BREDEVOORT – This year, Koppelkerk is focusing on what tolerance means and what it requires of us as citizens of four colleges of tolerance for eminent scholars. In this lecture: How do we encourage dialogue between opponents? Language and Communication Professor Hedwig te Molder will give a lecture on Thursday 22nd September at the Koppelkerk on how to keep in touch with each other in these polarized times.
We live in a time with many social problems that are difficult to solve: the so-called “evil problems”. Heated discussions in which people shout and oppose each other. But there are also more and more successful attempts at dialogue.
The relationship between government, science and citizens was already turbulent before the outbreak of the coronavirus crisis. Watch the uncertainties about climate change, the start of the nitrogen crisis and the rise of the anti-fax media movements. But the coronavirus crisis has strained relations. The reliance on science has never been so great, and it has never been so close to fire. How does this resistance arise and what does it consist of? And how can we keep in touch with each other?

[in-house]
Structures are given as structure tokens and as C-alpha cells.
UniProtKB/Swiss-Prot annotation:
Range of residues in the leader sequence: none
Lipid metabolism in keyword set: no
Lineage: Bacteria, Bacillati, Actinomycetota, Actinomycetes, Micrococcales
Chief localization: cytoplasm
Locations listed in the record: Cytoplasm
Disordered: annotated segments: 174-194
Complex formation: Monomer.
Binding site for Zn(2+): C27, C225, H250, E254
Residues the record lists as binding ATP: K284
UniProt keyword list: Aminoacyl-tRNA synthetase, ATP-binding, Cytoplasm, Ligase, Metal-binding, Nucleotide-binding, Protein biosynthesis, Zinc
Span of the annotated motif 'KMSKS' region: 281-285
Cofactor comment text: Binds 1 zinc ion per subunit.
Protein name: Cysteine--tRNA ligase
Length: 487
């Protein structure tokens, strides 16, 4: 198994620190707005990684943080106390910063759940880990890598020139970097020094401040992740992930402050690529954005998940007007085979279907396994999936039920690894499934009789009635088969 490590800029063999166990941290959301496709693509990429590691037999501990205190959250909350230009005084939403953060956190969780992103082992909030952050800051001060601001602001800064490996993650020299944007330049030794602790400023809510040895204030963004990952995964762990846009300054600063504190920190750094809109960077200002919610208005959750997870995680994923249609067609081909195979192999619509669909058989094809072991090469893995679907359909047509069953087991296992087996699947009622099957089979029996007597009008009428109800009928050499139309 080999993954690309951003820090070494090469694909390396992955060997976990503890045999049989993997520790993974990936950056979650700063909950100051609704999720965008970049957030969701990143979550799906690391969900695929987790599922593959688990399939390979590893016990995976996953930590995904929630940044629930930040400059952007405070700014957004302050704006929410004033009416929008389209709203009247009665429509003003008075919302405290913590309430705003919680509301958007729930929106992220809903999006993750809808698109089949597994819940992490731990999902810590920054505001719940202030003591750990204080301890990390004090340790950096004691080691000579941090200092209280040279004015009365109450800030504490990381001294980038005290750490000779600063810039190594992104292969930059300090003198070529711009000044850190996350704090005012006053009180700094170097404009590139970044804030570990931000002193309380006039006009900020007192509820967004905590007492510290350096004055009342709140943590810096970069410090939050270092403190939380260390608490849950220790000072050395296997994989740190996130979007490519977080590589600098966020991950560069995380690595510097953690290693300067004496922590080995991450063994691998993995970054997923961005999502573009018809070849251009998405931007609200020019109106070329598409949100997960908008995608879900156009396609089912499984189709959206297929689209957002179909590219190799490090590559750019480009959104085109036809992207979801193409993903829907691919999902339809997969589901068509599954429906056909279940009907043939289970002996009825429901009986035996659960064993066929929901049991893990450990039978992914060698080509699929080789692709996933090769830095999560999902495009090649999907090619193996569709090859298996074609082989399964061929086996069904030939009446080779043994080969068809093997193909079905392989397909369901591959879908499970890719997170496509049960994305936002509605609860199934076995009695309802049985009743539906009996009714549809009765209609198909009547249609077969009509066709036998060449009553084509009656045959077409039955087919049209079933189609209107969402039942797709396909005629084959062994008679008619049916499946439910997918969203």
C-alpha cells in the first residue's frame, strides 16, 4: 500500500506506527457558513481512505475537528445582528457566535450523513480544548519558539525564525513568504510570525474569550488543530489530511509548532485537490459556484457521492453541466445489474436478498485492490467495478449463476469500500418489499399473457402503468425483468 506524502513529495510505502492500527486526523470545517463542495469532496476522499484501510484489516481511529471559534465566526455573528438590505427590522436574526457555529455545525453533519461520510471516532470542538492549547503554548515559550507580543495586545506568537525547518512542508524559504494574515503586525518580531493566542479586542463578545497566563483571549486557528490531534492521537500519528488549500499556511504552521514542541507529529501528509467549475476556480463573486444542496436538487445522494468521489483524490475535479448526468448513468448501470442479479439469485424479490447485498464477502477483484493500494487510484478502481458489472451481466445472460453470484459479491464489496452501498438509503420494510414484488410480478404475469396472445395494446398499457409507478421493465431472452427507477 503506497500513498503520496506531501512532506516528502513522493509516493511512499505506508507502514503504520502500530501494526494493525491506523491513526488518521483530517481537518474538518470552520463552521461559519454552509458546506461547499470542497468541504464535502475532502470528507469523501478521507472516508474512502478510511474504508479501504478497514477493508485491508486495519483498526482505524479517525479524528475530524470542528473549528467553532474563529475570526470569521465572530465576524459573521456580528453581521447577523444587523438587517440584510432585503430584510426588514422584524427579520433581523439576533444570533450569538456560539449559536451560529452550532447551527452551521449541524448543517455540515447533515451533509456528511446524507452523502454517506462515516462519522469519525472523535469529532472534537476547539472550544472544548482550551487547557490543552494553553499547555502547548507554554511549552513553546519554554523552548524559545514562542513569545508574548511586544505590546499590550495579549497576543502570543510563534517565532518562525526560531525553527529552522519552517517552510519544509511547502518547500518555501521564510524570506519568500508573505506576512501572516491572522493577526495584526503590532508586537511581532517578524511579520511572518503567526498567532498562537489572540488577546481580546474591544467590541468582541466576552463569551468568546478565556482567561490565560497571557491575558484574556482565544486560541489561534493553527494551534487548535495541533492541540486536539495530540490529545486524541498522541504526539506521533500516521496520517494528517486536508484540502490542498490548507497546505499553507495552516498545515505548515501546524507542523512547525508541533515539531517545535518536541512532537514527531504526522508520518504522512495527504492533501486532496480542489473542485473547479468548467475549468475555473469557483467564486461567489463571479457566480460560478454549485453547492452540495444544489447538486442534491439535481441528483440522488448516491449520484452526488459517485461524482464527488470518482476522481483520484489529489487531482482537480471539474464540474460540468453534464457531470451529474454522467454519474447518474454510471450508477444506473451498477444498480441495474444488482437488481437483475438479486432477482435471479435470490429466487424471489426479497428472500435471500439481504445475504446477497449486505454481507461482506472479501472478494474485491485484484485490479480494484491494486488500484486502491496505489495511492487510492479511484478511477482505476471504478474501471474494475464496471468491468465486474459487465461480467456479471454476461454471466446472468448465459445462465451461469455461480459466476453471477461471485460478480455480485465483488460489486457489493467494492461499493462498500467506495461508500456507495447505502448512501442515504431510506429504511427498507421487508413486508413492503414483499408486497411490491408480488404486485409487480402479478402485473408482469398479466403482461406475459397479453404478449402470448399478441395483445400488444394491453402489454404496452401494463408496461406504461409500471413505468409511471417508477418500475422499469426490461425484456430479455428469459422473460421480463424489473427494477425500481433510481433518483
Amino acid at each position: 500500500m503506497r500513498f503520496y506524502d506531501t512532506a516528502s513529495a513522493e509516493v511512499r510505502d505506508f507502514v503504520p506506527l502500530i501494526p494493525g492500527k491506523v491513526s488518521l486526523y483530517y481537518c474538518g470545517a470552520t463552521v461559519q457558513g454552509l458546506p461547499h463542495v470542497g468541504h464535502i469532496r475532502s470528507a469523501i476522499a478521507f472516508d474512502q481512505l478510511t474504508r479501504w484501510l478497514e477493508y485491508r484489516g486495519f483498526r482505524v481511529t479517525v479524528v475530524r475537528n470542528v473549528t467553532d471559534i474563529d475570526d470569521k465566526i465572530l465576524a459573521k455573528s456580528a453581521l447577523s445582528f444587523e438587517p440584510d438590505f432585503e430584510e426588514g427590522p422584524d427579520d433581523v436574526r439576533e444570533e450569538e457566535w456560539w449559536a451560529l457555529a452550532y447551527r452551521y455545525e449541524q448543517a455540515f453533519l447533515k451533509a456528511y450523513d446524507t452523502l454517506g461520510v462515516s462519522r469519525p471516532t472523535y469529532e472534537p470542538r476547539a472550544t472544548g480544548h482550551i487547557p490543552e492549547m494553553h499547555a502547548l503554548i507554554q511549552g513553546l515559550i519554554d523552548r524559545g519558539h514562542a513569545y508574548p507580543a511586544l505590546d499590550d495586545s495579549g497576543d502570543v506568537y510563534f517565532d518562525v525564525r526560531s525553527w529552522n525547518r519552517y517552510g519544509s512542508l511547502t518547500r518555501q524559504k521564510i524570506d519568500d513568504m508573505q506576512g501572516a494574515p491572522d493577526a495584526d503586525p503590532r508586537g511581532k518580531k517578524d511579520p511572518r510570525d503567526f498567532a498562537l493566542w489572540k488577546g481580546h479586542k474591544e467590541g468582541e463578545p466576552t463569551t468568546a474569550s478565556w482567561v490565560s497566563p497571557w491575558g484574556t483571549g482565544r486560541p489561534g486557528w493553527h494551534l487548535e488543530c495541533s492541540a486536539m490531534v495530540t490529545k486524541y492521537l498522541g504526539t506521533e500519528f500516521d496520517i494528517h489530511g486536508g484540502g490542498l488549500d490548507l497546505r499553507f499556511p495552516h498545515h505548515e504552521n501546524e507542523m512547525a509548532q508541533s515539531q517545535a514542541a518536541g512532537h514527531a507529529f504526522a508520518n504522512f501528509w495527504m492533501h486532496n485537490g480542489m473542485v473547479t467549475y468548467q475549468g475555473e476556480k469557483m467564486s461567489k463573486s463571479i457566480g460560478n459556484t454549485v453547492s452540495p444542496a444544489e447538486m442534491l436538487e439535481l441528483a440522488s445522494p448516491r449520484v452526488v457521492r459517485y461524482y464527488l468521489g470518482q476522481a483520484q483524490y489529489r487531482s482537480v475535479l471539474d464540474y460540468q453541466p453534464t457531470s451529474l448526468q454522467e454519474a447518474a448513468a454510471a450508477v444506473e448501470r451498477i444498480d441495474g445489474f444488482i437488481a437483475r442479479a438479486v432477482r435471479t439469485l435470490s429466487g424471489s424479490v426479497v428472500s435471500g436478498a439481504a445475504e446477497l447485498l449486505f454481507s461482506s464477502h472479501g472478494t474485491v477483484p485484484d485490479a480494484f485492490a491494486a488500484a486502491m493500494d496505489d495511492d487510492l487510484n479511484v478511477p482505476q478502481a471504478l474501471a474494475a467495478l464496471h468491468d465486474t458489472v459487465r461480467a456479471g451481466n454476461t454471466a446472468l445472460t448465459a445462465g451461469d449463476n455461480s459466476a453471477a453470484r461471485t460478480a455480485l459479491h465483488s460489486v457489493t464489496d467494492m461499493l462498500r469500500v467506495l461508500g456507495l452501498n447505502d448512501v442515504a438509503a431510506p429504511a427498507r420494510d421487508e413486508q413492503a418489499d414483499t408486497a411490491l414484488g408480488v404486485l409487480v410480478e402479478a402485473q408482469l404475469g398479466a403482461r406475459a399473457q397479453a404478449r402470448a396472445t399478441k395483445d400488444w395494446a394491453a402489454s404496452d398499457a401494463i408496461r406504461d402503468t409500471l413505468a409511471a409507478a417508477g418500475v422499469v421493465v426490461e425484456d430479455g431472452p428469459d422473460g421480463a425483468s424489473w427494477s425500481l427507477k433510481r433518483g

In the first part of the lecture, T Mulder addresses the question of why we oppose each other. It is also exploring solutions so far.
In the second part of her story, T Mulder shows how we can still have a good conversation, even in seemingly precarious situations. The lecture is an invitation to dialogue against the tide: a conversation between government and citizens, between professionals and clients, and between citizens themselves, in which hidden values are concerned.
The lecture begins at 8:00 pm. Tickets cost €12.50 and can be ordered via www. Koppelkerk.nl.
Hedwig T. Mulder is Professor of Language and Communication at VU University Amsterdam. It examines our daily communications about science and technology. Important topics in this are nutrition, vaccination / COVID and climate change.
The Tolerance Colleges are part of the “1572 – The Birth of the Netherlands” programme. In 1572, the values that were under pressure again were fought back today: freedom, tolerance, interdependence and diversity. On October 13, Professor Bastian Rypkema will conclude the lecture series with a lecture on the limits of tolerance in democracy.
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